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How does this schedule look?

post #1 of 6
Thread Starter 
I've been doing a lot of reading and researching and trying to put together a vax schedule for my DD (2 months) that I'm comfortable with. How does this one look? Using the CDC's notes about not needing multiple vaxs if some are received after a certain date, I was able to cut out some shots (and we're skipping Rotavirus).

2 Weeks: Hep B
2 Months: DTAP
4 Months: DTAP
6 Months: DTAP
12 Months: IPV
15 Months: Hib
18 Months: IPV
21 Months: Hep B
2 Years: PCV
2.5 Years:, Hep A
3 Years: MMR
3.5 Years: Varicella, Hep B
4 Years: DTAP, IPV
4.5 Years: MMR
5 Years: Varicella, Hep A,

Have I covered everything? Anything my ped might take issue with (aside from the whole thing in general
post #2 of 6
Unless there is a known risk of heb b in your family (e.g. you have it), I'd wait until at least pre-teen years to give it. It is transmitted through sex or intravenous needles (e.g. drug use).
post #3 of 6
OH one more thing...if you are waiting until 15 months to do hib you might not want to do it at all. IT is only dangerous for young babies...so once they hit 15 months it isn't really a big deal anymore...my dr. actually told us we didn't need to do another dose on that (after we did 2 very spread out). So, i'd replace some of your dtaps with hib (like every other one) or just skip it if you aren't concerned with having your infant protected from it.
post #4 of 6
Hi there,

Just off the top of my head, like Holly mentioned, if you are looking to vaccinate for Hib, you might want to do that one earlier. And before anyone comes on to point out that yes, there are cases of Hib in preschoolers, it is indeed an illness that affects children under the age of five years, but it's not an even risk throughout, with the burden of disease in kids under two years and with the highest rates in children under 12 months.

Pc might also be one that you look at scheduling earlier. I believe the majority of cases of invasive disease are in younger children.

Hep B, Hep A...well, Hep A isn't even on the schedule where we used to live. And Hep B was only given in grade 5.

Your ped will probably want you to reconsider waiting until 3 years old for the MMR.

Good luck! It looks like you've put a lot of thought and reading into it. I hope your ped is willing to work with you and agrees to it...
post #5 of 6
Quote:
Originally Posted by SarahKatN View Post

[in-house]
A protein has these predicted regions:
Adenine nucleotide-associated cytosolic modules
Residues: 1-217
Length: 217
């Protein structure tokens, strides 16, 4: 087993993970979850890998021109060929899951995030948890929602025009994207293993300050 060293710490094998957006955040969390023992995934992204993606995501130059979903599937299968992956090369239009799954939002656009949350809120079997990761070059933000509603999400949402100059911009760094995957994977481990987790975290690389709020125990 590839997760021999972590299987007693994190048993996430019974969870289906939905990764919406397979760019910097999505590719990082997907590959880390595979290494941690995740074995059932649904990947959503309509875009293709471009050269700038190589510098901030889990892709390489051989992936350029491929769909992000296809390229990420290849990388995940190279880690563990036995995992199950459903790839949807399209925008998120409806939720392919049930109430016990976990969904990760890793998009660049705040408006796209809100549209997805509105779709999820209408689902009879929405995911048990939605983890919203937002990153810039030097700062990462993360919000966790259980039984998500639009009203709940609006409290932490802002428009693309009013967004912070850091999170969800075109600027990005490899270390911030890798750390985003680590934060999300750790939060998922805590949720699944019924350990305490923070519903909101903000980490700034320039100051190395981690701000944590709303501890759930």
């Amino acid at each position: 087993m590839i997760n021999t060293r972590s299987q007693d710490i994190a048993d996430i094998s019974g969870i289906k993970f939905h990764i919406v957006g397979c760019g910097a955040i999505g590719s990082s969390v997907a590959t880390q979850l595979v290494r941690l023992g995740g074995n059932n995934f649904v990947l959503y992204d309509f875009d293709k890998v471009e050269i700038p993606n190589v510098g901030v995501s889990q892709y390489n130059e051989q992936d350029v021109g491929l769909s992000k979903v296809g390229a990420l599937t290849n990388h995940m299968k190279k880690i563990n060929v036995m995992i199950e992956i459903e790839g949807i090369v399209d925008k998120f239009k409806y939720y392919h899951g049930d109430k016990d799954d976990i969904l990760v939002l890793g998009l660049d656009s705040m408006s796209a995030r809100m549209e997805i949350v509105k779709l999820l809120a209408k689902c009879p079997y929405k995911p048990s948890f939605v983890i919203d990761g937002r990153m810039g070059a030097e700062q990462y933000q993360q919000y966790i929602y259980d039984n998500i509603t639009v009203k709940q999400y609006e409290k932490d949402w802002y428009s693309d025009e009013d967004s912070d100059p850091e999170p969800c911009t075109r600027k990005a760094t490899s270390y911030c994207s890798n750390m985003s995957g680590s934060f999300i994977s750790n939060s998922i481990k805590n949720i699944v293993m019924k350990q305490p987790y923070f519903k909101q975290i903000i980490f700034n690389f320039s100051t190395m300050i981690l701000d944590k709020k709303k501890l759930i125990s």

I've been doing a lot of reading and researching and trying to put together a vax schedule for my DD (2 months) that I'm comfortable with. How does this one look? Using the CDC's notes about not needing multiple vaxs if some are received after a certain date, I was able to cut out some shots (and we're skipping Rotavirus).

2 Weeks: Hep B
2 Months: DTAP
4 Months: DTAP
6 Months: DTAP
12 Months: IPV
15 Months: Hib
18 Months: IPV
21 Months: Hep B
2 Years: PCV
2.5 Years:, Hep A
3 Years: MMR
3.5 Years: Varicella, Hep B
4 Years: DTAP, IPV
4.5 Years: MMR
5 Years: Varicella, Hep A,

Have I covered everything? Anything my ped might take issue with (aside from the whole thing in general

I might do HIB at 3,5,7 months and do MMR at 21 months. Delay hep B
post #6 of 6
You can get Hep B through horizontal/ family living quarters situations. It can be transmitted with bites and the like; there are a few documented cases of spit to the eye transmitting it. I put that out there because I think its good to have all the info when you are deciding on that one, esp if your child will be in daycare because its something you might want to consider in your decision. we had a case of transmission in our family that was just "living with" situation-- it wasn't family to child but it was someone living with the family and the child ended up with it. We live with them for parts of our traveling, so we do the vaccine now but before we did not.

I also disagree that hib is not dangerous to kids 18 months +-- there were deaths in 2, 3, 4 and even a 5 year old last year and the year before. There are also a lot of studies on hib meningitis and pneumonia and the like in older kids; many survive but sometimes parents aren't only considering "death" as the big issue, kwim?

I would do hib earlier, as others mentioned and postpone Hep B because, even knowing the risks with daycare and care provider transmission, you have a while before that would become an issue-- biting, for example, is probably not a big issue in a 6 week infant room, kwim?
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